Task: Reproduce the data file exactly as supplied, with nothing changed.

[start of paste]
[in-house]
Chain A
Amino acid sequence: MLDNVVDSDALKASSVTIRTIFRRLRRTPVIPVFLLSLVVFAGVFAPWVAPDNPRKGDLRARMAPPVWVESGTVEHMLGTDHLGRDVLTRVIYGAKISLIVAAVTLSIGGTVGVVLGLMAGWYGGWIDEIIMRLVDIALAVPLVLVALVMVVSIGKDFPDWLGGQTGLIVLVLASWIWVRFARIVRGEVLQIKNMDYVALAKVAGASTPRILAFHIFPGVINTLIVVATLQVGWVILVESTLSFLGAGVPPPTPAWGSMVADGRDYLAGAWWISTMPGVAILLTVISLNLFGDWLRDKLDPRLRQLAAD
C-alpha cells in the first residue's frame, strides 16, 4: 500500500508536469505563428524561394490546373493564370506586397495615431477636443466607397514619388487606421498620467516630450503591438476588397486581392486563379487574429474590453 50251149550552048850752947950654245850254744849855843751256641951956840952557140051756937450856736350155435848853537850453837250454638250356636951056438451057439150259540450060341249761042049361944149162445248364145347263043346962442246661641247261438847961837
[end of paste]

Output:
[in-house]
Chain A
Amino acid sequence: MLDNVVDSDALKASSVTIRTIFRRLRRTPVIPVFLLSLVVFAGVFAPWVAPDNPRKGDLRARMAPPVWVESGTVEHMLGTDHLGRDVLTRVIYGAKISLIVAAVTLSIGGTVGVVLGLMAGWYGGWIDEIIMRLVDIALAVPLVLVALVMVVSIGKDFPDWLGGQTGLIVLVLASWIWVRFARIVRGEVLQIKNMDYVALAKVAGASTPRILAFHIFPGVINTLIVVATLQVGWVILVESTLSFLGAGVPPPTPAWGSMVADGRDYLAGAWWISTMPGVAILLTVISLNLFGDWLRDKLDPRLRQLAAD
C-alpha cells in the first residue's frame, strides 16, 4: 500500500508536469505563428524561394490546373493564370506586397495615431477636443466607397514619388487606421498620467516630450503591438476588397486581392486563379487574429474590453 50251149550552048850752947950654245850254744849855843751256641951956840952557140051756937450856736350155435848853537850453837250454638250356636951056438451057439150259540450060341249761042049361944149162445248364145347263043346962442246661641247261438847961837